Bruce Dickinson slammed the Rock & Roll Hall of Fame for never having nominated Iron Maiden as potential inductees, despite the band having been eligible since 2004.

While the British metal legends aren’t the only high-profile absentees, they’re surely one of the easiest fits for the Rock Hall’s criteria: “the influence and significance of the artists’ contribution to the development and perpetuation of rock ’n’ roll.” The band is generally recognized for having pioneered approaches to stage shows, album artwork, merchandise and developing loyalty among their its fan base.

During a question-and-answer session on his spoken-word tour of Australia recently, frontman Dickinson was asked if he thought Maiden should be inducted. “Absolutely,” he said, pausing afterward.

You can watch the moment below.

“I actually think the Rock & Roll Hall of Fame is an utter and complete load of bollocks, to be honest with you,” he continued. “It’s run by a bunch of sanctimonious bloody Americans who wouldn’t know rock ’n’ roll if it hit them in the face. They need to stop taking Prozac and start drinking fucking beer.”

In 2014 Dickinson spoke of the way Maiden had impacted lives, admitting they were a “niche band” but adding that “our niche is quite big.” “If you're a rabid supporter of a football team and you believe passionately in that team, the fact that they have a couple of off seasons doesn't stop you supporting them," he explained. "As long as they maintain the integrity and don't take the piss. They can play appallingly as long as they're trying hard, and you'll forgive them. If they do it repeatedly over a period of years and then acquire a manager that makes everybody wear pink lipstick and a strange tutu then you may consider your allegiances.”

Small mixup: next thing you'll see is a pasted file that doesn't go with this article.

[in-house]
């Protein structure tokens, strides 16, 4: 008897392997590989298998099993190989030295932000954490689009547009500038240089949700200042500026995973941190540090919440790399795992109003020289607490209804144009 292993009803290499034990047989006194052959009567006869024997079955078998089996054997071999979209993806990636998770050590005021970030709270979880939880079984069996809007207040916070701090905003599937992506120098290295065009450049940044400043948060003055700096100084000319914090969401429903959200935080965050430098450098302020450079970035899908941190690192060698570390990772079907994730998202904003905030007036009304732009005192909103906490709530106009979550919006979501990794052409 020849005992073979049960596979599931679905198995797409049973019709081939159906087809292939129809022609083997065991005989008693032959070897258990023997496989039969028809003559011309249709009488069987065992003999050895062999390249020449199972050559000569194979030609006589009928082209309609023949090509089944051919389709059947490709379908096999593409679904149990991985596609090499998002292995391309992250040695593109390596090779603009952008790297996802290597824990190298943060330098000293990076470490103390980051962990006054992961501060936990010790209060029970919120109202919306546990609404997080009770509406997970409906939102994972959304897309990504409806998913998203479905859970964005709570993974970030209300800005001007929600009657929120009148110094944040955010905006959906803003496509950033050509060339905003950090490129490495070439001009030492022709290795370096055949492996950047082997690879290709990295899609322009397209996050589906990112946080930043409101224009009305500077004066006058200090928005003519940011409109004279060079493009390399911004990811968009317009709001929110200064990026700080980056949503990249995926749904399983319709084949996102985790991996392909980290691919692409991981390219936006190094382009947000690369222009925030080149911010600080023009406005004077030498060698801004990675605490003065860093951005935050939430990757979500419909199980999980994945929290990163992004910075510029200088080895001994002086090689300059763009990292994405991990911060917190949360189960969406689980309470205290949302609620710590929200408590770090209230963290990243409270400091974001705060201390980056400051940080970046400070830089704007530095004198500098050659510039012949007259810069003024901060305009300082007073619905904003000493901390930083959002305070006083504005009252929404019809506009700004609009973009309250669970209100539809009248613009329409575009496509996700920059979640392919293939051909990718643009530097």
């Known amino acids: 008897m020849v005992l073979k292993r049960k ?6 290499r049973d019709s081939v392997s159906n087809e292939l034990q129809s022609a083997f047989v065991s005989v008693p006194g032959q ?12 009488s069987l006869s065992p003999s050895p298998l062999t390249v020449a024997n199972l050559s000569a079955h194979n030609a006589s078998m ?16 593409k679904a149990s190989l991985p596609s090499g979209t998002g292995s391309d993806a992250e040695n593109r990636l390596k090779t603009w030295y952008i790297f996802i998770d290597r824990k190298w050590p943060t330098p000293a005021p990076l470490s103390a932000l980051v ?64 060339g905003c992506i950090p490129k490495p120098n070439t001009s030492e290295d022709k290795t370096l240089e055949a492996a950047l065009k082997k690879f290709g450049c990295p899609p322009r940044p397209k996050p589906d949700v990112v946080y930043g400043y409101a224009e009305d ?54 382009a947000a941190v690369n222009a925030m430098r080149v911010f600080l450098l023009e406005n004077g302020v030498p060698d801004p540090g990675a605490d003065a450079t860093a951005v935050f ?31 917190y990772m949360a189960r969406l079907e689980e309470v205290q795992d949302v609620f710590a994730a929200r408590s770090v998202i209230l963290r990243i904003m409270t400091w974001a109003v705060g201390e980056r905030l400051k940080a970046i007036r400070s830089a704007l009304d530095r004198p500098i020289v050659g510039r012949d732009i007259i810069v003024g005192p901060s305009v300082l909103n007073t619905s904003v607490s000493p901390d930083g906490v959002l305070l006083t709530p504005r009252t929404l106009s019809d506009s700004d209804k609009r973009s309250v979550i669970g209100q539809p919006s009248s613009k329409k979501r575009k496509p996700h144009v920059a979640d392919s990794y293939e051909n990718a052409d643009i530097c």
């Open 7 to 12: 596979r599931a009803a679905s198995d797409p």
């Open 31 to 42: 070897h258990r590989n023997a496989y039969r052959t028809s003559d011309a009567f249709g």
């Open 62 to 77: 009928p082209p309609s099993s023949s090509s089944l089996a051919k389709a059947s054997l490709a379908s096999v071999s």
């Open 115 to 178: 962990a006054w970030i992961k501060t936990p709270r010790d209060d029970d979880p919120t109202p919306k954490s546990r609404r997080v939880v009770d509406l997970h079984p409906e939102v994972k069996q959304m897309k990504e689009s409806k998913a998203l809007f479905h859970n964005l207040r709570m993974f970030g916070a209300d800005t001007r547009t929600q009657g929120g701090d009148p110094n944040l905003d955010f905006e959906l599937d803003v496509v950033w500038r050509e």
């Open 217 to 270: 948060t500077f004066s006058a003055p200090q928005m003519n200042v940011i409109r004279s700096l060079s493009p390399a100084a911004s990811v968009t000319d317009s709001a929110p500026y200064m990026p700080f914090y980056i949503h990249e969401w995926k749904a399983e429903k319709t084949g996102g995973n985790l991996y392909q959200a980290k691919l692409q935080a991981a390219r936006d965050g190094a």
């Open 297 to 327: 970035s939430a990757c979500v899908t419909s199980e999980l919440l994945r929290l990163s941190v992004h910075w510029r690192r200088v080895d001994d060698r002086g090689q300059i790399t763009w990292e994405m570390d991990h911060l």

He slammed the mainstream media for failing to understand heavy metal. “The closest the art establishment ever came to embracing metal was punk," he noted.

"The reason they embraced punk was because it was rubbish and the reason they embraced rubbish was because they could control it. They could say, ‘Oh yeah, we're punk so we can sneer at everybody. We can't play our fucking instruments, but that means we can make out that this whole thing is some enormous performance art.’ Half the kids that were in punk bands were laughing at the art establishment, going: "What a fucking bunch of tosspots.’”

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